Series Introduction: Operating System Forensics

This is the first post for the 2012 Fall Operating System Forensics course at Champlain College. This course is focused on teaching students how to extract and analyze information from some of the most commonly seen operating systems.

We will explore aspects from basic analysis all the way through some of the most leading edge analysis methodologies that will help students prove if a particular computer was involved in the cybercrime. This course is very much “hands on” and students are expected to spend a considerable amount of time working alone and in teams to complete their projects.In this course I focus on students being able to complete the technical aspects, but also able to communicate the technical results verbally/in reports. By the end of this course students will be able to conduct an analysis on computers involving common crimes (theft of intellectual property, inappropriate use of systems, data destruction, AUP violation etc) and write a report /testify to the work that should stand up in a court of law.

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We will be using many open source/freeware/commercial tools to analyze evidence. We focus very much on students not blindly relying on the tools, but understanding what’s happening within the evidence regardless of which tool is being used. That said, we do teach students the very same tools that are being used by major consulting / government agencies including but not limited to EnCase 6.x/7.x, FTK 4.x, regripper, volatility and many,many more. We will have access to virtual machines that we will use to build operating systems, create “evidence” and examine that evidence. Students will also explore many hands on investigation scenarios that will help them strengthen their skills. Students leave this class feeling comfortable conducting digital forensic exams on digital devices.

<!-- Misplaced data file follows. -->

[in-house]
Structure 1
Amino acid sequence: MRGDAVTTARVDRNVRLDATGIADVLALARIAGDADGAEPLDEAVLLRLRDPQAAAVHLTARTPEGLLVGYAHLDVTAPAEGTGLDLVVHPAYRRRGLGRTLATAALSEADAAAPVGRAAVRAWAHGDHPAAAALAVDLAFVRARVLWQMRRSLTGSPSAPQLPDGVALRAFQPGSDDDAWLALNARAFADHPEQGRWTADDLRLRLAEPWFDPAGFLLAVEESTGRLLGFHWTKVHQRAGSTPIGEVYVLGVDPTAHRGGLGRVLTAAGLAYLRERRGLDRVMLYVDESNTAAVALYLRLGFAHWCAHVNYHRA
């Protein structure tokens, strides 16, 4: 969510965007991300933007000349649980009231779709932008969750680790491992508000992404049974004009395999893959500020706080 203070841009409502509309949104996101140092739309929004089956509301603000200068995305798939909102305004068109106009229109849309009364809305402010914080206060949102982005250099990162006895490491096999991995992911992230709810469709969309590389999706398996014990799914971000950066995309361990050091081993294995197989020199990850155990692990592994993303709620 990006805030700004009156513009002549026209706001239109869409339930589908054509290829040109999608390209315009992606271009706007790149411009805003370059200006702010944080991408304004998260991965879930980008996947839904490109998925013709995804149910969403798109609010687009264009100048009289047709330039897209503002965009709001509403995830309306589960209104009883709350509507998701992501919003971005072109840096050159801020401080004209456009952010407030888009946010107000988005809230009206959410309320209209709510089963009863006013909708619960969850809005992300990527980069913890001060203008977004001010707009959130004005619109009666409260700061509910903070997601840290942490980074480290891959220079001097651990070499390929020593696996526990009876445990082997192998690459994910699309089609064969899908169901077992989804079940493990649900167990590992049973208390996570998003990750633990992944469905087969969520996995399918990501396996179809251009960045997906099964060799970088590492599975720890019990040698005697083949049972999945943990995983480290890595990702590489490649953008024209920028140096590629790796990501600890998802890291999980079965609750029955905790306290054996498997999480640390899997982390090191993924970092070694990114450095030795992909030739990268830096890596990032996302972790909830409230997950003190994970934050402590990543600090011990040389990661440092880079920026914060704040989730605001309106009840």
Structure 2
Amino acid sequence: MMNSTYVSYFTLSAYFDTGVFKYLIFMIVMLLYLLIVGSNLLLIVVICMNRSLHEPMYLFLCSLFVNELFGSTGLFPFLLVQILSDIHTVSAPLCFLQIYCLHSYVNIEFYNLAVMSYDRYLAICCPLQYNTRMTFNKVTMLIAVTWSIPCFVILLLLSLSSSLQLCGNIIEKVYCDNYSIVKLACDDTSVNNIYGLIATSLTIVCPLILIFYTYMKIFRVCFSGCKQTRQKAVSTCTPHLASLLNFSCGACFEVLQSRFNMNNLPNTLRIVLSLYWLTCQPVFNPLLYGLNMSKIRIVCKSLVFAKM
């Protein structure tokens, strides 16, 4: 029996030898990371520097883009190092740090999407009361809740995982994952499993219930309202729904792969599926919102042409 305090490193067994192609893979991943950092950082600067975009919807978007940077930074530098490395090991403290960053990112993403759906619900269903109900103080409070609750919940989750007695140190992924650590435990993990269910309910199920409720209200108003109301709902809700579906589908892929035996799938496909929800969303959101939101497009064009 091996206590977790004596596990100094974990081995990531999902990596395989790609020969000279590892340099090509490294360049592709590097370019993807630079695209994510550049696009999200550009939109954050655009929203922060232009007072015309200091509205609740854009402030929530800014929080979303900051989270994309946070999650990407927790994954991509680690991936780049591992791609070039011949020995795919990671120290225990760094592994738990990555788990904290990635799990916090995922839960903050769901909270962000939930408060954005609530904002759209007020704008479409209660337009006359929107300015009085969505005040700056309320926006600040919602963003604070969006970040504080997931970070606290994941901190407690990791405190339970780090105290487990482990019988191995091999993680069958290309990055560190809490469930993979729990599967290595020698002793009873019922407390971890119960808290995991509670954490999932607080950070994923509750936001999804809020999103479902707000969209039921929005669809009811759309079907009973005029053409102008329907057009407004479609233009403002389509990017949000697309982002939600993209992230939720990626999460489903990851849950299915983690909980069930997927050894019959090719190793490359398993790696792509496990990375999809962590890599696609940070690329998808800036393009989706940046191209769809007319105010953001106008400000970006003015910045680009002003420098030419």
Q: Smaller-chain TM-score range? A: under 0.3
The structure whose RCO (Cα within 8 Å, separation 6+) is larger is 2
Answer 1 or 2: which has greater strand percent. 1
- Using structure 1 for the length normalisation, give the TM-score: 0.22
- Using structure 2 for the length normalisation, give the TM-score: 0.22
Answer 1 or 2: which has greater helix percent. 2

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At the same time this course is offered, I will be teaching a graduate course in Operating System Analysis – if we have time at the end of this class I want to intergrate a lecture or two on some of the advanced topics discussed in the graduate course.